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Over the past ten years, women’s athletic apparel retailer Lululemon has grown from a single store in Vancouver to 120 stores in North America and an additional 10 in Australia. While other sportswear stores struggle with intense competition and the economic downturn, Lululemon’s sales per square foot leave most other fitness apparel retailers in the dust.

Integral to the company’s success is a commitment to providing workout wear especially designed for women, a $15 million market niche also occupied by Title Nine and VF Corp.’s Lucy brand. Lululemon focuses on outfits for yoga and Pilates, two types of exercise that are extremely popular among women. However, as women’s fitness interests have grown, Lululemon apparel has begun showing up on women involved in kick-boxing, weight-training, road running, and even at social events. Recently the company has added a menswear line that appears destined for success.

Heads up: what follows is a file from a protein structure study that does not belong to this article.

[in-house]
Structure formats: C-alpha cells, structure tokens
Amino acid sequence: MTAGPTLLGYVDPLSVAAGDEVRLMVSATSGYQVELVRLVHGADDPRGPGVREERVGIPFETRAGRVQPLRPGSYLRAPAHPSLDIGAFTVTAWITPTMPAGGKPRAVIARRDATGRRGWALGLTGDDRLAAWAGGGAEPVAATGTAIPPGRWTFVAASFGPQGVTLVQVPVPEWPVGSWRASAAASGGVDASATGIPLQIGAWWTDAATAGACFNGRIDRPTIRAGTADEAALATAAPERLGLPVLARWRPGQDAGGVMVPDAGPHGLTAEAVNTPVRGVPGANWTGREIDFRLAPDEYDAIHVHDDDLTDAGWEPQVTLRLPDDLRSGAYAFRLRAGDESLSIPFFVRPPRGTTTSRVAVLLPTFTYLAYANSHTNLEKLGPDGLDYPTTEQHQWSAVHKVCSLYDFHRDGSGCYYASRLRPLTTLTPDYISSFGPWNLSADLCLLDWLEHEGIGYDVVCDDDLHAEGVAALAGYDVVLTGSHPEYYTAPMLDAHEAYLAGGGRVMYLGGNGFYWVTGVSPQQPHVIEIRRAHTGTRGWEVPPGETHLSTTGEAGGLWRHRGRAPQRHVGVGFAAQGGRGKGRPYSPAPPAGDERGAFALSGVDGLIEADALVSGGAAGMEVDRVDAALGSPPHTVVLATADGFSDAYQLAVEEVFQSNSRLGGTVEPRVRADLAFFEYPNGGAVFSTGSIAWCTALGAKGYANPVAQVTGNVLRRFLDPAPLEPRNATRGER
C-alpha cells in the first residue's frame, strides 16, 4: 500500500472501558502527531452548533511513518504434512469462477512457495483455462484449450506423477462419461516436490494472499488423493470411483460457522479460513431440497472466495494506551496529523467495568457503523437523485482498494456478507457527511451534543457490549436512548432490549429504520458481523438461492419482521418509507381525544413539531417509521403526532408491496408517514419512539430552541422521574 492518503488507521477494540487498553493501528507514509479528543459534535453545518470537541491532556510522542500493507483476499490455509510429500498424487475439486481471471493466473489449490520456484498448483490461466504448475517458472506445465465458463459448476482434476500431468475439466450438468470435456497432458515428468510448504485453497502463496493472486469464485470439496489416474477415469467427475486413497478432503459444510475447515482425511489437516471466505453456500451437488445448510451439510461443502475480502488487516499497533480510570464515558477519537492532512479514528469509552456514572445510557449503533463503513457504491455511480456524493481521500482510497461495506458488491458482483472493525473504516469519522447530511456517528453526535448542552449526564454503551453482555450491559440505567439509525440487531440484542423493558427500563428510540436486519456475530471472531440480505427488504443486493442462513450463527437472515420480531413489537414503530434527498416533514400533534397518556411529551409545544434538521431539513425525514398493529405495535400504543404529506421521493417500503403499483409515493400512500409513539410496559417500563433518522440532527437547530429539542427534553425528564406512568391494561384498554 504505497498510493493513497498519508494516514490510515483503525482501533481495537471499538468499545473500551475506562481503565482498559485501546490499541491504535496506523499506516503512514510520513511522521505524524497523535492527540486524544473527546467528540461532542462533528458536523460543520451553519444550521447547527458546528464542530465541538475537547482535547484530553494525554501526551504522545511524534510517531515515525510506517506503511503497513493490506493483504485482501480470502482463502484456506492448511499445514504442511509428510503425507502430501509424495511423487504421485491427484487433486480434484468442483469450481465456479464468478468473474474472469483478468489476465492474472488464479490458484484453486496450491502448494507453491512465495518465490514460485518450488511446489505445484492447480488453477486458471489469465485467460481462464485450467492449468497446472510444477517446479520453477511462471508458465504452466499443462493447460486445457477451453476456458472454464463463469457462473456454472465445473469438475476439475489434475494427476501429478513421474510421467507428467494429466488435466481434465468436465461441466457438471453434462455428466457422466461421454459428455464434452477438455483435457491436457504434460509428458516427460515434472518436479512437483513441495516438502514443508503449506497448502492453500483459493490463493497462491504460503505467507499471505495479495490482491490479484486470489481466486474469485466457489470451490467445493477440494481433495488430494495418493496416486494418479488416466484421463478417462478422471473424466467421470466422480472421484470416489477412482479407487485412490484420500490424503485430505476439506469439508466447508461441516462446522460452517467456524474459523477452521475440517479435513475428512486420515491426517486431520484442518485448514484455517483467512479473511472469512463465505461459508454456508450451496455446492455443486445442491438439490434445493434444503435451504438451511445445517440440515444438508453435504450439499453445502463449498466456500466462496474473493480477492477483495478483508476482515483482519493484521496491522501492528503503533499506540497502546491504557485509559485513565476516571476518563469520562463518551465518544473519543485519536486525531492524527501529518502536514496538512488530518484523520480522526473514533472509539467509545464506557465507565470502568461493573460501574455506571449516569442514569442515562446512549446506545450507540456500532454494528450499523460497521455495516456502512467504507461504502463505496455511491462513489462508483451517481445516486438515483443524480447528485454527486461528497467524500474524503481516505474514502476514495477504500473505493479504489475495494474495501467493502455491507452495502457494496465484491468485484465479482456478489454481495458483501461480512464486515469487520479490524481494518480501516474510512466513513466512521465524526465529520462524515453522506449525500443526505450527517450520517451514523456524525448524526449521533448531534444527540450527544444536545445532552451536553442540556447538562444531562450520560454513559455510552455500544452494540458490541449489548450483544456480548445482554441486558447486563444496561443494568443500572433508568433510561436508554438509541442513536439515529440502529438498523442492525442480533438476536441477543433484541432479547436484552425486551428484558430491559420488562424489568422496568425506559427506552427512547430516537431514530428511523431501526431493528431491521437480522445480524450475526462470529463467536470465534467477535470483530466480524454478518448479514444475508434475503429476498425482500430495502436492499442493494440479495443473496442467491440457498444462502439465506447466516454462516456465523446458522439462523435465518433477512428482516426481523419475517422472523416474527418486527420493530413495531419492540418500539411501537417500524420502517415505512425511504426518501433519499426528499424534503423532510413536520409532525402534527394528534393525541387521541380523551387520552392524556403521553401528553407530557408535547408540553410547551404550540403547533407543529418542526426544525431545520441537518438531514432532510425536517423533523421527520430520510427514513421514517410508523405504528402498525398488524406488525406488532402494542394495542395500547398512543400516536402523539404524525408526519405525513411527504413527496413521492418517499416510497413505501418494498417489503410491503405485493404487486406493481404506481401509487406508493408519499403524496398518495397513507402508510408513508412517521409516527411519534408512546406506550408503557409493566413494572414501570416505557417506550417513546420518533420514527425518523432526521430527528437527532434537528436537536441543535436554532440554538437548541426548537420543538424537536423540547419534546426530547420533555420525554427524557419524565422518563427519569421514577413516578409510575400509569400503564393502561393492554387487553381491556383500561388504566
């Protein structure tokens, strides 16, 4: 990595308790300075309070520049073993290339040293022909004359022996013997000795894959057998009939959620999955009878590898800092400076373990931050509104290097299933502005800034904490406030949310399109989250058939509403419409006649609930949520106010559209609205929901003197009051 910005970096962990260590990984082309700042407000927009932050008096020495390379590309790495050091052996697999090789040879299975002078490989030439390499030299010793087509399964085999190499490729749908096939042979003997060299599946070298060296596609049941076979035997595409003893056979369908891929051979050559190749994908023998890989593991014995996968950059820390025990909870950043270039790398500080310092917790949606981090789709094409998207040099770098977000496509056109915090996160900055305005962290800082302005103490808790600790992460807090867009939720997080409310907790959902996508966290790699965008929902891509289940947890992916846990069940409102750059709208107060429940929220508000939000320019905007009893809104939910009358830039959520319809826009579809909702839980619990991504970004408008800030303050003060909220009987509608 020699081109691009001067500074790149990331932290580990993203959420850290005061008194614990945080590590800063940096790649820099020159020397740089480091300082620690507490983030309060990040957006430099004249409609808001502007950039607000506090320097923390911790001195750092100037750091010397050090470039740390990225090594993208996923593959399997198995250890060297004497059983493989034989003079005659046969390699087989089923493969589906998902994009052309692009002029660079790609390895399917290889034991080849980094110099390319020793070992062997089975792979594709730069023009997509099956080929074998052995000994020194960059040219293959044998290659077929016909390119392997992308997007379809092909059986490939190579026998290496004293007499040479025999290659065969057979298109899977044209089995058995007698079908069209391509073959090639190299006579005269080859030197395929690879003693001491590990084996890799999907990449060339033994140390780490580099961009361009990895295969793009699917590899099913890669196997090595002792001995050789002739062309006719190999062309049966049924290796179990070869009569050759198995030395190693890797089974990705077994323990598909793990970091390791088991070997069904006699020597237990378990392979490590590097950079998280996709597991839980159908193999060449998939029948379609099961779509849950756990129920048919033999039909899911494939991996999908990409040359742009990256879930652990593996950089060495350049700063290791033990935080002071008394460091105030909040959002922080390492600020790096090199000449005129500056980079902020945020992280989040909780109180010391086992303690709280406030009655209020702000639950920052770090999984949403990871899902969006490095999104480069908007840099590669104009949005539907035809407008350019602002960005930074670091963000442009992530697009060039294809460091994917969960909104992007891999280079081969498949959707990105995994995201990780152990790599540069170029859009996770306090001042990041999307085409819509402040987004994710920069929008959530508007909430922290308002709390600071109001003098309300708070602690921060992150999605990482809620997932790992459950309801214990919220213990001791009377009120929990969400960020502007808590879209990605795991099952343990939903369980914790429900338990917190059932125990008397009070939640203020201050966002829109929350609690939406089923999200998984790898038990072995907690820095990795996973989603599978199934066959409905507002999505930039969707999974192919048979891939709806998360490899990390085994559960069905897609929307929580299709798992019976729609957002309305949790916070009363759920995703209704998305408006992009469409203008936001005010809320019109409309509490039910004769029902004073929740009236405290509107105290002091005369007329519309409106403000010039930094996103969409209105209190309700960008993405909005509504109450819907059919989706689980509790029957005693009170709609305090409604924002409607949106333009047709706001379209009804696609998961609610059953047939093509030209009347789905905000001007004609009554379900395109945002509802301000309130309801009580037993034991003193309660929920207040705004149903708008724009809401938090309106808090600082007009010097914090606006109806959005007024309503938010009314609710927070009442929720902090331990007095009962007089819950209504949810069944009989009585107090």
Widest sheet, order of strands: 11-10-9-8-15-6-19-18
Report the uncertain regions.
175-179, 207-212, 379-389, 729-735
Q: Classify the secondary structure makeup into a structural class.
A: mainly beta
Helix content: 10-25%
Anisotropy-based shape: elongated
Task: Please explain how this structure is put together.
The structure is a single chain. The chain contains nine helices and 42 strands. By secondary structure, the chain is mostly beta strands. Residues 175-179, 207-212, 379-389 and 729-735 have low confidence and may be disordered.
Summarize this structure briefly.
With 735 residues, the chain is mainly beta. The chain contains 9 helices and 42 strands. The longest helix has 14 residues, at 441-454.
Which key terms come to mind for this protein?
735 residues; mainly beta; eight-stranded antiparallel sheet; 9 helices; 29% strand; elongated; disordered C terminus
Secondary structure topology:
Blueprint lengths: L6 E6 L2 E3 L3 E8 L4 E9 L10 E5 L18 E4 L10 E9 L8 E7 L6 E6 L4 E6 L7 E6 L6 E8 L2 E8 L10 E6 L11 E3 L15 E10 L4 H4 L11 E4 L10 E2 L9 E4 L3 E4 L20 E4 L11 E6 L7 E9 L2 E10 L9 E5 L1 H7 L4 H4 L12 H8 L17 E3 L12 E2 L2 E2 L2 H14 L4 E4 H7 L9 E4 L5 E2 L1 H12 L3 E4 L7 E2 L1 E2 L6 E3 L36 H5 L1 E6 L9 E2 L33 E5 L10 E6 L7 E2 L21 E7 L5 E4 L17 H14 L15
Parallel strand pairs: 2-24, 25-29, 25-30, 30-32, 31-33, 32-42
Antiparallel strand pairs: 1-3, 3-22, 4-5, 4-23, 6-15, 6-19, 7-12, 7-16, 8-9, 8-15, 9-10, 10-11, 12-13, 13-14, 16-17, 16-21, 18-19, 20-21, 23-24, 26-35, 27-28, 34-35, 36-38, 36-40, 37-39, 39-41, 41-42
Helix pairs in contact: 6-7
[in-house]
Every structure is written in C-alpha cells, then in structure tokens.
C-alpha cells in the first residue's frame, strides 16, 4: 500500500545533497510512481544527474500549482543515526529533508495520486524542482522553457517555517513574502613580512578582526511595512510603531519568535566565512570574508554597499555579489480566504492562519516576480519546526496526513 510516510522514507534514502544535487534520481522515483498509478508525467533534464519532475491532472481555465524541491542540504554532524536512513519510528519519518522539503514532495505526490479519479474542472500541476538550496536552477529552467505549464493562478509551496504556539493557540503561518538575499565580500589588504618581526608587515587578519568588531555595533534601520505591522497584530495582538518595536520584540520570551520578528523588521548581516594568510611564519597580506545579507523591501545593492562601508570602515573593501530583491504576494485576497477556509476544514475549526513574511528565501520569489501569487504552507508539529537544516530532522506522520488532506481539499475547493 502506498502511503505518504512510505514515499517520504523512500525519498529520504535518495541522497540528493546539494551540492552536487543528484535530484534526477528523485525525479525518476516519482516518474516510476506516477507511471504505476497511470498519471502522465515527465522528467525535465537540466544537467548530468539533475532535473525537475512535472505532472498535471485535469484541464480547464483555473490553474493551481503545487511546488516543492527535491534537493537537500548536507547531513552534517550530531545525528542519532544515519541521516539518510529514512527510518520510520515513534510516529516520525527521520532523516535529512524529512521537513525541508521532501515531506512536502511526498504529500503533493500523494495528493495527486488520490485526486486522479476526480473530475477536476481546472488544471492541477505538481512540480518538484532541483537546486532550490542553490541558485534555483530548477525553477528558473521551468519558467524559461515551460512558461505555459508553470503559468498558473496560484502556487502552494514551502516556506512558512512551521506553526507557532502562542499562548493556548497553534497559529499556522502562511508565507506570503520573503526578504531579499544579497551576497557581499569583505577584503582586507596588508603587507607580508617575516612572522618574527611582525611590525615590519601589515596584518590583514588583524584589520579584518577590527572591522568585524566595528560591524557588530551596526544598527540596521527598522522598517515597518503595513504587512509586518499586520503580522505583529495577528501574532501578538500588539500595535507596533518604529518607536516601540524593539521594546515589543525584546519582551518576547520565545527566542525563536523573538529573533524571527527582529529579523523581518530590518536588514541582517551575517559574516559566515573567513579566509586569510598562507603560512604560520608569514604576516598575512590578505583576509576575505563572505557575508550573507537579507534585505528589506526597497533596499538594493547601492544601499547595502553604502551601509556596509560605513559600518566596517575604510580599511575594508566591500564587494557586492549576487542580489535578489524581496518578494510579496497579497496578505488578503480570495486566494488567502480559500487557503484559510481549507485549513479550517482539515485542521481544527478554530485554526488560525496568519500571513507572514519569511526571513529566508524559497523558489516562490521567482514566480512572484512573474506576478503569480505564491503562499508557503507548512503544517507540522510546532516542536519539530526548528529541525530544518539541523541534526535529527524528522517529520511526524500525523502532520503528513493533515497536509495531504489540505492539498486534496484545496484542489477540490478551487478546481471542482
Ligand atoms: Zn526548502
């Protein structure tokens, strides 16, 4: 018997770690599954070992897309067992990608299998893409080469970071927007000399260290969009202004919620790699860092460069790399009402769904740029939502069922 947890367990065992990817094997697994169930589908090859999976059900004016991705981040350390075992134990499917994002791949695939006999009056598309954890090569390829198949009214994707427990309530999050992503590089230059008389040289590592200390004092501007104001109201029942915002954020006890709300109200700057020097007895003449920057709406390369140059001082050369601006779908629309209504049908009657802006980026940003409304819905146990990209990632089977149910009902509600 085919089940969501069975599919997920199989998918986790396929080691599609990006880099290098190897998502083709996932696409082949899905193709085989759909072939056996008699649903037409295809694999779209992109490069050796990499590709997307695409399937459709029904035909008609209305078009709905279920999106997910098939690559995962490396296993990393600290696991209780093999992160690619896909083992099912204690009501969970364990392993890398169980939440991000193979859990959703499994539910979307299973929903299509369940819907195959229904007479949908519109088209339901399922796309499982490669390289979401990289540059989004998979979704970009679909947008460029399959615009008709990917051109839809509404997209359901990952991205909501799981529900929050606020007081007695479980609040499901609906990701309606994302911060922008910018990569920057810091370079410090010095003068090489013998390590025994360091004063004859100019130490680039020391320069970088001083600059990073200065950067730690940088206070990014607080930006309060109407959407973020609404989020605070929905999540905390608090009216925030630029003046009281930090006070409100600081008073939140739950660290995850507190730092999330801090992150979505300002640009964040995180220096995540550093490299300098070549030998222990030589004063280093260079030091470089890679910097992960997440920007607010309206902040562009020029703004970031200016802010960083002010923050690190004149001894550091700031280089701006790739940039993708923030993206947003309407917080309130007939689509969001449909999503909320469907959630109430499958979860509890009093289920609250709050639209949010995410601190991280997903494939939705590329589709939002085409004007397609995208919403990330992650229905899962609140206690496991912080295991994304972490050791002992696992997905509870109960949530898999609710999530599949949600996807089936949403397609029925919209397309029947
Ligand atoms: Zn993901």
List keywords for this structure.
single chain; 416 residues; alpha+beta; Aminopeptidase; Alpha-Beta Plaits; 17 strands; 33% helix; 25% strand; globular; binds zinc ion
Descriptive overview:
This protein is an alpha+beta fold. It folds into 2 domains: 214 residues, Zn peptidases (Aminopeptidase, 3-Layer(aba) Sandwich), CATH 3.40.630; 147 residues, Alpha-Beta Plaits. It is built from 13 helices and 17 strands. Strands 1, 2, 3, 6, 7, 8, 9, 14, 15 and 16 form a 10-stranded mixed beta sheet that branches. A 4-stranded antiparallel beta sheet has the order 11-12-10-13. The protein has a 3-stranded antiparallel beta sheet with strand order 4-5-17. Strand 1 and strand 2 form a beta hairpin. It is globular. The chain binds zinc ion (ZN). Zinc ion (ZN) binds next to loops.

Unlike Nike, which spends millions of dollars for celebrity endorsements, Lululemon relies on the influence of unpaid “ambassadors” — local fitness instructors who wear the apparel in their regular classes or during free classes held in Lululemon stores. These ambassadors also provide valuable feedback to Lululemon on new fitness fashions. Ambassadors receive up to $1000 of free clothing for modeling the Lululemon apparel and gain clients for regular classes in return for the store sessions. These promotional efforts are bolstered by minimal print advertising in yoga and running magazines.

While Lululemon is one of the few retailers currently enjoying robust growth, its position is assailable. Imitators could copy styles and offer them at a lower price. Infrastructure investment required for growth could make the company vulnerable to competitors, especially if the market for expensive sports apparel collapses.

Discussion Questions:

  1. Who is Lululemon’s target market?
  2. What, if any, are its bases for sustainable competitive advantage?

Kevin Helliker, “Lululemon Grows Fast on a Slim Budget,” The Wall Street Journal, September 13, 2010.

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